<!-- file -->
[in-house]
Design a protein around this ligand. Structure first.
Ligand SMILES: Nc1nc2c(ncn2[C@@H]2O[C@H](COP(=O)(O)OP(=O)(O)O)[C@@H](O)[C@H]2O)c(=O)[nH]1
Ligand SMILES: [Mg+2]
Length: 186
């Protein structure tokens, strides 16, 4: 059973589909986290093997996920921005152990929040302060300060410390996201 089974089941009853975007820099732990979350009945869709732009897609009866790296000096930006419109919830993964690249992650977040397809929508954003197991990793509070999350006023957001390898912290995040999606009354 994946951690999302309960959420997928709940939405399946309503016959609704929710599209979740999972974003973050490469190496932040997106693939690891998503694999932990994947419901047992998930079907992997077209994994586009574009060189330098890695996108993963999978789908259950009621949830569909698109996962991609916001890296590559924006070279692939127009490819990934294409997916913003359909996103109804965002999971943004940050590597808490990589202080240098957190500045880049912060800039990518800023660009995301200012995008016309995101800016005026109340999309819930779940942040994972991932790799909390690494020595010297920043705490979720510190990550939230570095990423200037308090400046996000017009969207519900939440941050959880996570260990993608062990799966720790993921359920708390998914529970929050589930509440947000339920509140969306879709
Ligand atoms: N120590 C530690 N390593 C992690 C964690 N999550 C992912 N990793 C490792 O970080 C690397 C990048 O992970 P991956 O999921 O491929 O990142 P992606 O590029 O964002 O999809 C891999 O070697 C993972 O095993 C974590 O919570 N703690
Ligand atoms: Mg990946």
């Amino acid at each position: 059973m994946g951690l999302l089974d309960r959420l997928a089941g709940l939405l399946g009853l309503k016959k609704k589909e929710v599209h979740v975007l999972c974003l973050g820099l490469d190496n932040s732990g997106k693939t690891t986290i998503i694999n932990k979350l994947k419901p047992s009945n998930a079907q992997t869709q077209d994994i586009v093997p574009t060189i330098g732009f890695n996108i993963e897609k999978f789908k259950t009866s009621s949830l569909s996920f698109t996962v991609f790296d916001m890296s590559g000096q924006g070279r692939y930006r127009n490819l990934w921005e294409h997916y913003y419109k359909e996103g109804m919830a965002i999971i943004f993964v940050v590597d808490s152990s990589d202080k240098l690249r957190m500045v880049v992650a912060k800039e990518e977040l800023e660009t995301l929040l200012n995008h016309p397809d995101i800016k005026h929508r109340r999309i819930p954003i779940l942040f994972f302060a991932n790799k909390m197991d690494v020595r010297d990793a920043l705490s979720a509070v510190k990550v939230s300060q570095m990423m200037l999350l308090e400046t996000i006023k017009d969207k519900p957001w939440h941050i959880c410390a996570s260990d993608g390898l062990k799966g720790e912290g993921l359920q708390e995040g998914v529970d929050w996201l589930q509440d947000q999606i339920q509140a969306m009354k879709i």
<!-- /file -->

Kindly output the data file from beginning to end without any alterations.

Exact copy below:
[in-house]
Design a protein around this ligand. Structure first.
Ligand SMILES: Nc1nc2c(ncn2[C@@H]2O[C@H](COP(=O)(O)OP(=O)(O)O)[C@@H](O)[C@H]2O)c(=O)[nH]1
Ligand SMILES: [Mg+2]
Length: 186
């Protein structure tokens, strides 16, 4: 059973589909986290093997996920921005152990929040302060300060410390996201 089974089941009853975007820099732990979350009945869709732009897609009866790296000096930006419109919830993964690249992650977040397809929508954003197991990793509070999350006023957001390898912290995040999606009354 994946951690999302309960959420997928709940939405399946309503016959609704929710599209979740999972974003973050490469190496932040997106693939690891998503694999932990994947419901047992998930079907992997077209994994586009574009060189330098890695996108993963999978789908259950009621949830569909698109996962991609916001890296590559924006070279692939127009490819990934294409997916913003359909996103109804965002999971943004940050590597808490990589202080240098957190500045880049912060800039990518800023660009995301200012995008016309995101800016005026109340999309819930779940942040994972991932790799909390690494020595010297920043705490979720510190990550939230570095990423200037308090400046996000017009969207519900939440941050959880996570260990993608062990799966720790993921359920708390998914529970929050589930509440947000339920509140969306879709
Ligand atoms: N120590 C530690 N390593 C992690 C964690 N999550 C992912 N990793 C490792 O970080 C690397 C990048 O992970 P991956 O999921 O491929 O990142 P992606 O590029 O964002 O999809 C891999 O070697 C993972 O095993 C974590 O919570 N703690
Ligand atoms: Mg990946």
């Amino acid at each position: 059973m994946g951690l999302l089974d309960r959420l997928a089941g709940l939405l399946g009853l309503k016959k609704k589909e929710v599209h979740v975007l999972c974003l973050g820099l490469d190496n932040s732990g997106k693939t690891t986290i998503i694999n932990k979350l994947k419901p047992s009945n998930a079907q992997t869709q077209d994994i586009v093997p574009t060189i330098g732009f890695n996108i993963e897609k999978f789908k259950t009866s009621s949830l569909s996920f698109t996962v991609f790296d916001m890296s590559g000096q924006g070279r692939y930006r127009n490819l990934w921005e294409h997916y913003y419109k359909e996103g109804m919830a965002i999971i943004f993964v940050v590597d808490s152990s990589d202080k240098l690249r957190m500045v880049v992650a912060k800039e990518e977040l800023e660009t995301l929040l200012n995008h016309p397809d995101i800016k005026h929508r109340r999309i819930p954003i779940l942040f994972f302060a991932n790799k909390m197991d690494v020595r010297d990793a920043l705490s979720a509070v510190k990550v939230s300060q570095m990423m200037l999350l308090e400046t996000i006023k017009d969207k519900p957001w939440h941050i959880c410390a996570s260990d993608g390898l062990k799966g720790e912290g993921l359920q708390e995040g998914v529970d929050w996201l589930q509440d947000q999606i339920q509140a969306m009354k879709i």